Great historical changes are often conceived of as being brought about by the genius and tenacity of great men, or occasionally women, but Jonathan Kennedy argues in his book “Pathogenesis: A History of the World in Eight Plagues,” that germs are largely responsible for everything, from the decline of the Neanderthals to the current poverty of sub-Saharan Africa.
His quick history of the world from the Paleolithic to the present day offers a different lens to view many of the big events of the past. Some of Kennedy’s conclusions are mere speculation, like his idea that deadly plagues in the Roman empire led to the swift rise of Christianity. In the midst of so much death, he argues, the new religion offered a more enticing view of the afterlife than paganism.
Most of his observations are bolstered by more historical research and are more convincing. In showing how pathogens helped the Spanish conquer Central and South America, Kennedy explains that European diseases including smallpox and measles killed or incapacitated most of the native population, which had no immunity to the previously unknown germs. One outbreak in 1545 alone is estimated to have killed up to 80% of the Indigenous peoples of Mesoamerica.
The death and destruction also accelerated their religious conversion as many of the remaining Indigenous peoples, along with the Spanish, saw it as proof that the Christian God was superior, Kennedy argues.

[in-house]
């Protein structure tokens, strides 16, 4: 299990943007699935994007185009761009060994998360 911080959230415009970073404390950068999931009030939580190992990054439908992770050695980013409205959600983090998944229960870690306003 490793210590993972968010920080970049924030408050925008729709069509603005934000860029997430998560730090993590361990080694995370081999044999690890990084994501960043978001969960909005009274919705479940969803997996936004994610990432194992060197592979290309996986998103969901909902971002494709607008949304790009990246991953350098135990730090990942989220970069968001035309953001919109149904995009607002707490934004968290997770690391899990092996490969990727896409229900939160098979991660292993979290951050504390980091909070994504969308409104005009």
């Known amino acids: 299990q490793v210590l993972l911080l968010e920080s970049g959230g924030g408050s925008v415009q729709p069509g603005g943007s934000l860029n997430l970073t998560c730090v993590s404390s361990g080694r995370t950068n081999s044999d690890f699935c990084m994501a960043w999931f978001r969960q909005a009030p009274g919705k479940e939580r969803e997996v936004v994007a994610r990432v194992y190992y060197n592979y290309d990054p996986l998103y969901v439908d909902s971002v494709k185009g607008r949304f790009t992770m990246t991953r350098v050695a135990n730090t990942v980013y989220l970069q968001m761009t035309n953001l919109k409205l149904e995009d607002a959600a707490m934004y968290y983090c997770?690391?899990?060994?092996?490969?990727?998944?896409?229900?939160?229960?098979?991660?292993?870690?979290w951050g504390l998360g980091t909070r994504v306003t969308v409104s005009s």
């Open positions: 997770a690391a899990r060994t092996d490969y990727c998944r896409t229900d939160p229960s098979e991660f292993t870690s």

On the other side of the Atlantic, Kennedy explains how resistance to infectious disease — especially the malaria and yellow fever prevalent in parts of sub-Saharan Africa — boosted the slave trade. Disease-resistant Africans were less likely to die on the new world plantations than Europeans, and much of the native population had already been wiped out. The subsequent association of Africans with slavery contributed to the ideology of white supremacy that continues to impact the way African Americans are treated today, Kennedy argues.
The presence malaria and yellow fever also prevented Europeans from colonizing the African interior, but only for a time. That changed when quinine was discovered to help prevent death from malaria. But because the rates of death and disease were still high, the colonies attracted desperate and ruthless individuals with a desire to make a quick fortune and get out. It was disease, Kennedy argues, that helped create the harshly extractive colonial economies in places like the Congo, the repercussions of which are still felt in the extreme poverty of those countries.
Poverty, including in wealthy countries like the United States, is a sort of modern plague, killing millions each year with both infectious disease and non-communicable diseases like diabetes, Kennedy argues in the final chapter. These poverty-associated health problems, in turn, have been associated with higher death rates during the COVID-19 pandemic.
Kennedy ends with a passionate plea for public health expenditures to eliminate disease. Relying on examples of successful public health campaigns throughout the book, he argues that such an investment will both improve human lives and bolster economies.